He added: “Obviously, we were delighted with him in Meydan and delighted with him the last day.

“I suppose the Gold Cup is an unusual race because a lot of horses get two miles, but when you go past that two miles, a lot of different stuff happens, especially in the last quarter of a mile, so it will be very interesting.

“Obviously he is a classy horse. Ryan gave him a brilliant ride in Dubai and he was very happy with him again the last time at York and he was staying on again, so it is going to be very interesting – will he get the trip?

“He is a very good-natured horse – he should relax. He should have no problem with the track or ground, so it will be interesting to see if he gets trip or not.”

Hopes are high Little Big Bear, who reverted to sprinting at Haydock after a disappointing experience in the 2000 Guineas, can back up his Group Two Sandy Lane success when he runs in the Commonwealth Cup.

He has already shown a liking for Ascot, winning the Windsor Castle at last year’s meeting.

“He is a big, powerful, classy horse,” added O’Brien. “We were delighted with him at Haydock. He is a big traveller. He looks like a big sprinter.

“Obviously, we tried him at a mile and we didn’t have time to go back again – the whole Guineas just went wrong on us and that was it.

“But we knew to go to Ascot that it would be a nice thing to have a run into him at this trip, rather than throwing him straight back in from his Guineas run.

“Frankie (Dettori) rode him and was very happy with him. Wayne (Lordan) has been riding him work since and seems very happy with him, so we’re hopeful.”

Richard Kingscote lamented the fact Keith Dalgleish plans to leave the training ranks having partnered his Chichester to victory in the Seat Unique Ganton Stakes at York.

Dalgleish announced earlier this year he planned to do something else and was not leaving the profession for financial reasons. And with results like this he will clearly be a loss.

A talented former rider, Dalgleish is closing in on 1,000 winners. Chichester (15-2) has provided him with six of them, but this was by far the biggest with the Listed event carrying an almost £40,000 first prize.

When odds-on favourite Shining Blue hit the front he looked sure to collect for Saeed bin Suroor, but Kingscote had been biding his time on Chichester who stayed on strongly to win by a length and three-quarters.

“It was a great bit of placing by connections, they found a five-runner Listed race for good money so fair play,” said the Derby-winning jockey.

“I always thought I was getting there, we actually went a decent pace for once because in general of late we’ve been going steady but he was able to get into a nice rhythm.

“He found plenty. He’s a funny old boy, he’s more than capable as we’ve seen but sometimes he needs things to go his way. He stays this trip well, he ran over 10 furlongs the last day.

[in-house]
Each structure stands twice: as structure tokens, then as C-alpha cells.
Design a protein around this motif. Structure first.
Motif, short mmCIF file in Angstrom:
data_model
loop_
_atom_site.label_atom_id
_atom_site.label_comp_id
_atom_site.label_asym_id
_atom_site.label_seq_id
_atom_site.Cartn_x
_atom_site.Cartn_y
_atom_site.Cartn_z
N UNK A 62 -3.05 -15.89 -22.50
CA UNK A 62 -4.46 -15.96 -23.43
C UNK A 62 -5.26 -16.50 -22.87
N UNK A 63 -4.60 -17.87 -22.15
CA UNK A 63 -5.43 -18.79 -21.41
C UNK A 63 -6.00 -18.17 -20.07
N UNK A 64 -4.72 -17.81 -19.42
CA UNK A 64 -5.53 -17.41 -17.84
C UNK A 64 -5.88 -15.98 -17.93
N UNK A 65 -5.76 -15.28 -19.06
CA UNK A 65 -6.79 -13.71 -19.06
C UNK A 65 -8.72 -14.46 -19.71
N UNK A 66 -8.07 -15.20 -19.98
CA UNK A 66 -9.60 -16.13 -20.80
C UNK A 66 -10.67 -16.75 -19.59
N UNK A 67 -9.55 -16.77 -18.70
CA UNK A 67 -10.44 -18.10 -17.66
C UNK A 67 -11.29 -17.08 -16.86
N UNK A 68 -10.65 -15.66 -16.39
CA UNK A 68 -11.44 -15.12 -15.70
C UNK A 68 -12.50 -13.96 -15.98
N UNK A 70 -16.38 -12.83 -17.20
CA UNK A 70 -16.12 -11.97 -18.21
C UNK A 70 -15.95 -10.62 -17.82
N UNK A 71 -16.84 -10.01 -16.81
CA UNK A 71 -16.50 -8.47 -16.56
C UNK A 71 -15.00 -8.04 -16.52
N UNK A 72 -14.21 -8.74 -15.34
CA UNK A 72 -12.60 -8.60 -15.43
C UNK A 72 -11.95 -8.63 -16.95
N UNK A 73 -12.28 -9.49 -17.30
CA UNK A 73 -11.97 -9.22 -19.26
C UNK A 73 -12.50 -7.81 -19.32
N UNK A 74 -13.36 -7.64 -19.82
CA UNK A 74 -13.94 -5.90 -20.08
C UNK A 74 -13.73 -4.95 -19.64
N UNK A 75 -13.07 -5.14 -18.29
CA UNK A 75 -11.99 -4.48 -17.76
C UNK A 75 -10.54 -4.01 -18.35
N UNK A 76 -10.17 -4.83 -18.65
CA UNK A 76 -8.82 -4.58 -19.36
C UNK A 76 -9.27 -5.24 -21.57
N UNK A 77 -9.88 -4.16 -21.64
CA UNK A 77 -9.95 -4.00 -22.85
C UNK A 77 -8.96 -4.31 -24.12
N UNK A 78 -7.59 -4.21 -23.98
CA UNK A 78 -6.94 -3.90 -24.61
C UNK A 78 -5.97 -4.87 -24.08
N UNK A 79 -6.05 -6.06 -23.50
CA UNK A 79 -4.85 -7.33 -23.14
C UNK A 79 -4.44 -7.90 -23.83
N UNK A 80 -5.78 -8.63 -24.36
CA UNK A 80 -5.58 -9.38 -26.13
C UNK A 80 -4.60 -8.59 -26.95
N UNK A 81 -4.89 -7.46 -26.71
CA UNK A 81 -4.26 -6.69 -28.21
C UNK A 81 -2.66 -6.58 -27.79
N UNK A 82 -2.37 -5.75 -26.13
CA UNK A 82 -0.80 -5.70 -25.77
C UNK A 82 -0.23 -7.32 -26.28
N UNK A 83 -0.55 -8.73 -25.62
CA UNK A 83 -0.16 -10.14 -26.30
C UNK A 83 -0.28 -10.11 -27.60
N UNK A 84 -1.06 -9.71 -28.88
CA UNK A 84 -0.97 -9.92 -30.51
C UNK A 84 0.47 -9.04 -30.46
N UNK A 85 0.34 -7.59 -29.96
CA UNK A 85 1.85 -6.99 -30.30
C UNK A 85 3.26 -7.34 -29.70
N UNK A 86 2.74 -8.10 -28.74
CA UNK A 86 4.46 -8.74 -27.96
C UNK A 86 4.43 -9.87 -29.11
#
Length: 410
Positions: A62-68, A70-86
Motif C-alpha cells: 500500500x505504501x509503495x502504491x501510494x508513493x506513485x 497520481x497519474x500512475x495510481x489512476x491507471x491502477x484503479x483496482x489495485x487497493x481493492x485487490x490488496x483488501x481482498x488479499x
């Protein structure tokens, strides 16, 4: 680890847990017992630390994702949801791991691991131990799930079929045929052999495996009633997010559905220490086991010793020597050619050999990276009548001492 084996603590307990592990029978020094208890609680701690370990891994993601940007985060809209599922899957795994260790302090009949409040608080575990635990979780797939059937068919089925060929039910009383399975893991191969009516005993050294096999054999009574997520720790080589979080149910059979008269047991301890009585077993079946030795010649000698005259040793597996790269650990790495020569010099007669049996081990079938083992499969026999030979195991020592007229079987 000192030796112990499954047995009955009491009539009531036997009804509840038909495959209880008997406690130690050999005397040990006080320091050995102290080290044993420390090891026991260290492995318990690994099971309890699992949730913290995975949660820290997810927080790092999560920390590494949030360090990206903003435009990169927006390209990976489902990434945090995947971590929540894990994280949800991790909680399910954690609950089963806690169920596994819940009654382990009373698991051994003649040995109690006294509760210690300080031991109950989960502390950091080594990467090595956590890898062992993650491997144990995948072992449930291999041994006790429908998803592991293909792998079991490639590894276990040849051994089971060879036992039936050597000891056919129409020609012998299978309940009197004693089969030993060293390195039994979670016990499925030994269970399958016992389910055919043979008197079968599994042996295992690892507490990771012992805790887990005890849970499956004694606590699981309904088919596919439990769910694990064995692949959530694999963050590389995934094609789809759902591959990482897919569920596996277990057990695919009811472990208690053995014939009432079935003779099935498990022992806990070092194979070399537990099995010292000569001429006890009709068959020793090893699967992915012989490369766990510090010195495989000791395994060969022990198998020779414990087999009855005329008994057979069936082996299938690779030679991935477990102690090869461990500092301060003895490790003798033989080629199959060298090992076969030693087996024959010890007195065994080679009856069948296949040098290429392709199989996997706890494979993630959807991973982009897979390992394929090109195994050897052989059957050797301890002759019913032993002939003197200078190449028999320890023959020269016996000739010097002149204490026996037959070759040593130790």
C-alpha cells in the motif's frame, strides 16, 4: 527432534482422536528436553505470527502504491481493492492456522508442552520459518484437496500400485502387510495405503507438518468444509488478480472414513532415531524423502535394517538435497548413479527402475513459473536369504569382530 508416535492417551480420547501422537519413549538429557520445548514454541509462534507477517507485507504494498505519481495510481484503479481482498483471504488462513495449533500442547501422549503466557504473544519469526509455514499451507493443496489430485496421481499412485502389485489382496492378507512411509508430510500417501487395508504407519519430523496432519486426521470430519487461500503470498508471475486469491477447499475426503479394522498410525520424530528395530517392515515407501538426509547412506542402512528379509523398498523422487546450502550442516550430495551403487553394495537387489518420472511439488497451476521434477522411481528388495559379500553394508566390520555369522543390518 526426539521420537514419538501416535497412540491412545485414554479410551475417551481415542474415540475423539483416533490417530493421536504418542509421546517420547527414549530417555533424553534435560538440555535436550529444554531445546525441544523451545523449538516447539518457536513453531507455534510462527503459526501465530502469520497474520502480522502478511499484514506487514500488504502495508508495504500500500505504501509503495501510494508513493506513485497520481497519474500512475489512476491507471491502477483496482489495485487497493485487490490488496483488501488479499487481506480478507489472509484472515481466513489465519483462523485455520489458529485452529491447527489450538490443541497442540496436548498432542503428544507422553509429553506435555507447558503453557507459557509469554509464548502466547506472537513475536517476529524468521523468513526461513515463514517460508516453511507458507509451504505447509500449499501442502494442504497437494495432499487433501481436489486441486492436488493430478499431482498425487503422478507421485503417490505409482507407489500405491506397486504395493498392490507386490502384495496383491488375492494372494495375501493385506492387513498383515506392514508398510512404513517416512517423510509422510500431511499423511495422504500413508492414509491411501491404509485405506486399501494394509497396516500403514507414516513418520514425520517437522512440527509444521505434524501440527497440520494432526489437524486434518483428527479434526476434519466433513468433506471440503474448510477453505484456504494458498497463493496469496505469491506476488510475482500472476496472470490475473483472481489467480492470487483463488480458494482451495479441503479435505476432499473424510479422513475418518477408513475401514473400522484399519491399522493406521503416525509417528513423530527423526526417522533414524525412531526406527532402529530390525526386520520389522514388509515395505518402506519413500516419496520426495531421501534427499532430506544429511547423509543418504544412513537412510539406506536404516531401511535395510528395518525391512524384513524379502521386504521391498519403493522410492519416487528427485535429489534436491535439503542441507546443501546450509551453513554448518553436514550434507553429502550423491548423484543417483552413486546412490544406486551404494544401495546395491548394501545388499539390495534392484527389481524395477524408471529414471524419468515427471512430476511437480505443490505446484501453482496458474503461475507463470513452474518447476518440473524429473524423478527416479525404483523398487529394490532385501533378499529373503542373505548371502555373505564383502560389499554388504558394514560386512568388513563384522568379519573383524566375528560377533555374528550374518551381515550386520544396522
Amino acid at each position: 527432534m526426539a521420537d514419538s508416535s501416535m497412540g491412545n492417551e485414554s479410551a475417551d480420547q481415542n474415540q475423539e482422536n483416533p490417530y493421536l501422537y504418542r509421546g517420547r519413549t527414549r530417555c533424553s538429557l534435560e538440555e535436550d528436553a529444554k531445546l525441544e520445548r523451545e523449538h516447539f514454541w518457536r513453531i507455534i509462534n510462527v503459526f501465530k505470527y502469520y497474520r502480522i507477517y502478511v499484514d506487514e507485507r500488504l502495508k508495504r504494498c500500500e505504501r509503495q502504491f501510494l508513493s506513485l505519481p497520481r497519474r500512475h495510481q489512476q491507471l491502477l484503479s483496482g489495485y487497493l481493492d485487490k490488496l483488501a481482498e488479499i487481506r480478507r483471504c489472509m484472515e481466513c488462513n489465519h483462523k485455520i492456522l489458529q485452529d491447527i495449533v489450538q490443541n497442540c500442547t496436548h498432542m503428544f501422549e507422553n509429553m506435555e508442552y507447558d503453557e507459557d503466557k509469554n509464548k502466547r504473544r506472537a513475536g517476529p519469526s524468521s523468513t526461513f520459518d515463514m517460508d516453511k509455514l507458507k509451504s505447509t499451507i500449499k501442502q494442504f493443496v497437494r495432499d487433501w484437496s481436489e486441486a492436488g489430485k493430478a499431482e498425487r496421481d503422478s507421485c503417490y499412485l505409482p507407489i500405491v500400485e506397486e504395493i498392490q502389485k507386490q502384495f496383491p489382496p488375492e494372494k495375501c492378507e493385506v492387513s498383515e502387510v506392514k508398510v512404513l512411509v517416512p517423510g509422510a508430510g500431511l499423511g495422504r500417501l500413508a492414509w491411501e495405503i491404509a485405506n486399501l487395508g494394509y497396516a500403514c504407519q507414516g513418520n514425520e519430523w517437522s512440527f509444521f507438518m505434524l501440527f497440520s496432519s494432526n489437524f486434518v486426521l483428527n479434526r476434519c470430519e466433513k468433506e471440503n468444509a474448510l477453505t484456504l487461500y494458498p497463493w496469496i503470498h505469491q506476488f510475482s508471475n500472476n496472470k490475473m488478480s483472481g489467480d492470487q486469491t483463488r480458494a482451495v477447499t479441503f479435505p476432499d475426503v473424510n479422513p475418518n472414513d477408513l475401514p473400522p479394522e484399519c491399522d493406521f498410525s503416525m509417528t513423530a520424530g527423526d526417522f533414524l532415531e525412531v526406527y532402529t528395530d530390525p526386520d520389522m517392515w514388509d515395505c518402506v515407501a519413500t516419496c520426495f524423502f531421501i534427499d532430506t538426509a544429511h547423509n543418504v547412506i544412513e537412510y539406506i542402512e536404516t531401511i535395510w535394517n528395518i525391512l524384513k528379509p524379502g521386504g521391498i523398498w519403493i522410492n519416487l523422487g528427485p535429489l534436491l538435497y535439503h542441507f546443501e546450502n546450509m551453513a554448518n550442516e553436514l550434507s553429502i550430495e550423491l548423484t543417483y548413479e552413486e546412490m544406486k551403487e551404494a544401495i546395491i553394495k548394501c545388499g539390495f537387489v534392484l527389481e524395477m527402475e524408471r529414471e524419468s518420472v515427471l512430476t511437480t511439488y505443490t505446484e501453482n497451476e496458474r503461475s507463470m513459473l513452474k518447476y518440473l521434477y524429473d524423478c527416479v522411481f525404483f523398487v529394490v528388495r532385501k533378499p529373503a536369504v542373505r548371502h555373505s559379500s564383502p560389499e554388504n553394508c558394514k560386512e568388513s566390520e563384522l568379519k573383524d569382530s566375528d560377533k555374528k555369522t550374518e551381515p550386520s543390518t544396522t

“Keith knows what he’s doing and it’s a great shame he’s handing in his licence – he can certainly do the job.”

The improvement of the David Evans-trained Radio Goo Goo (11-2) shows no signs of stopping after she won her fourth race in a row in the British EBF Supporting Racing With Pride Fillies’ Handicap.

She won first time out this year at Wolverhampton off 72, was beaten on Good Friday at Lingfield and then rattled off a treble at Chester, Haydock and back at Chester.

Racing off a career-high 86 she looked beaten, but just got the better off Al Simmo by a nose under Ben Curtis.

“To be honest she wasn’t really travelling so I had to sit on her a bit longer than I wanted to fill her up,” said Curtis.

“I didn’t think I was going to win, but the last few strides her ears went back and she really wanted it.

“She finished second a fair few times last year, but that was over five and she kept bumping into one. She’s stronger this year and is better suited to six and Dave’s horses are flying at the moment. Hopefully she can keep rising.

The most valuable race of its kind every season is the SKF Rous Selling Stakes which went the way of Ollie Pears’ Celestial Flight (7-1) in a photo finish.

James Sullivan’s mount prevailed by a head from Up The Jazz on his second start and was bought back in for £25,000.

“We always like to target this. For an inexpensive horse it gives the owners a fantastic day out and the chance to run for a big pot,” said Pears.

“I bought him back in as there would have been an awful lot of disappointed people here if I hadn’t.

“We think he’s a horse who should go on and he’s a horse who should get seven furlongs.”

Karl Burke saddled his 11th individual juvenile winner of the season when Harvanna (5-1) won the Juddmonte British EBF Fillies’ Restricted Novice Stakes after finishing third on her debut.

Clifford Lee was on top and said: “She learned a lot on her debut and we saw the benefit of that.

“We’ve got some nice two-year-olds, hopefully I’ll be on a couple next week and we’ll just see how the ground is and everything before finalising.”

Mick and David Easterby’s Menelaus (15-2) followed up a recent win at Thirsk when stylishly pulling clear in the Andy Thornton Hospitality Furniture Apprentice Handicap under Connor Planas.

It was a third success in his last four rides for Planas, who is enjoying a breakthrough season.

An overwhelming feeling of gratitude was palpable as athletes, organizers and sponsors came together at the Jamaica Pegasus Hotel on Thursday to celebrate a successful staging of the 50th Gibson McCook Relays.

The 50th Anniversary Awards Banquet was held to recognize the outstanding schools who dominated this year’s edition of the meet, which was held on May 8 at the National Stadium in Kingston, as well as honor some of the longest serving officials, committee members and sponsors.